Varifocals, the challenge of aging eyes

Sometime in my mid-30’s my eyes began having trouble focusing from near to far distant. I noticed it first when I had been reading then looked up at the dvd player to see the time; it took me a few seconds for my eyes to adjust the extra few feet. Off to the optometrist for a check up I thought.

She did all the usual tests including a lovely look at the back of my eyeball (which I viewed on the monitor), declaring it all healthy. She then told me that with age, the elasticity in our eyeballs reduces so that near and far distance take a little longer to refocus.

With age! “Well you are nearing 40”. This is not what you want to hear when you are only 35. The result of this is that I began using varifocal lenses in my glasses.

I got on well with them at first but over the years, as my eyesight has worsened, the prescription has obviously got stronger, causing quite a marked difference between the near sight part of my lens and the far sight.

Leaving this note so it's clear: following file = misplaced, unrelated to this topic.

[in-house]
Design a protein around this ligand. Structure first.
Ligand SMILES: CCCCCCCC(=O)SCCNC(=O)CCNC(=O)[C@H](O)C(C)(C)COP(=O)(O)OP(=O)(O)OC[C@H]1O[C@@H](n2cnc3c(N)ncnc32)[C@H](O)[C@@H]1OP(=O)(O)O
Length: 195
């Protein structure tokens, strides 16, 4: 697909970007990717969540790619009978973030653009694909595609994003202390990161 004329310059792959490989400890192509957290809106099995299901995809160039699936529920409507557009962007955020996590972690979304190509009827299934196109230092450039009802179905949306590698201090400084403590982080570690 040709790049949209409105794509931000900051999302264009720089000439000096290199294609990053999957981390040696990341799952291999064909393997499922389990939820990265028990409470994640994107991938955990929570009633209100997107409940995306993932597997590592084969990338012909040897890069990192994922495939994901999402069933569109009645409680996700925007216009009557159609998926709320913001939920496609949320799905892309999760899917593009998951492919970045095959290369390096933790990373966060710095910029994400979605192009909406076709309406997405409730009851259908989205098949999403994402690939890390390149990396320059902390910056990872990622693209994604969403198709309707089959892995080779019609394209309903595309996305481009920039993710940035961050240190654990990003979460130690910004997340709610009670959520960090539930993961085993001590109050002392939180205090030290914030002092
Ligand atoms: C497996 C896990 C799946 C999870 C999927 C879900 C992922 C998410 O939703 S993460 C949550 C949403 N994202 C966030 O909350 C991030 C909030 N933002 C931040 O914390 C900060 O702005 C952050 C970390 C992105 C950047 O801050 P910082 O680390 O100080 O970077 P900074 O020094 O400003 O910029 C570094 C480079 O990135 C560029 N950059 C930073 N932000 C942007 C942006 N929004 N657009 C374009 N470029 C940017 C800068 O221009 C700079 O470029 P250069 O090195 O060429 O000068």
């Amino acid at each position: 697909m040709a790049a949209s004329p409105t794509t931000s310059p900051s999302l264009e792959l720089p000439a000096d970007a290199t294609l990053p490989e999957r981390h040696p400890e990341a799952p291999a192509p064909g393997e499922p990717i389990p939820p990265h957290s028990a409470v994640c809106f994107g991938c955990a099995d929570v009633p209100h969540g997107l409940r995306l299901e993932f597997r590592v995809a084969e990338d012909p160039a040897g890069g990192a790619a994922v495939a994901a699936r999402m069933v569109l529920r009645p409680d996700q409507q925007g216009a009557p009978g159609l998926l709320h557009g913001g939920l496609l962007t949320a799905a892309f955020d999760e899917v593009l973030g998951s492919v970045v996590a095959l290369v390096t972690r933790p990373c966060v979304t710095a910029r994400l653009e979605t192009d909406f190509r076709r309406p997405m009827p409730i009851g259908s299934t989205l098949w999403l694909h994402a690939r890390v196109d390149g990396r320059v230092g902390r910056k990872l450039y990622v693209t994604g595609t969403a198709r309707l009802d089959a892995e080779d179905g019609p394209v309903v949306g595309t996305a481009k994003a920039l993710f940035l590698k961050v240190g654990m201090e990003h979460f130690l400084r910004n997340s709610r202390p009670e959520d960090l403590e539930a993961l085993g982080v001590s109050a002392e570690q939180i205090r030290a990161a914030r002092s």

Over the last 6 years I have begun to struggle to read comfortably with the varifocals. At first I thought it was because the width of the near sight lens area was too small (the wider the area, the higher the cost of the lens). Very recently though, I had my eyes tested and bought some new frames and new lens after my prescription had changed again.

This time I decided to splash out and buy the (almost) top width of varifocal giving me as much ‘reading space’ as possible. The independant optometrist very kindly upgraded these lenses to the best possible lens I could have free of charge. I also have ultrathin lenses so I don’t look like I’m wearing bottle bottoms on my face.

So basically, my current prescription cost me £520, not including the new frames!!! *pause for sharp intake of breath* Thats USD687.00 or €619.00 for those non-UK readers. That is a LOT of money. And with that I expected to be able to read perfectly.

Well I can’t. I am still struggling to read. I have tried adjusting my head/reading material to find a better angle to little avail. I think (because I don’t know for sure) that the line of change between the two areas of the lens is exactly where I view through to read.

Whilst these glasses look fabulous, are extremely lightweight and excellent for every day use – ie I can see perfectly to drive, for work, out and about – for sitting reading a book they are hampering me. Which means, most likely, more expense to buy a pair of reading glasses purely for near sight needs. More expense that I can ill afford.



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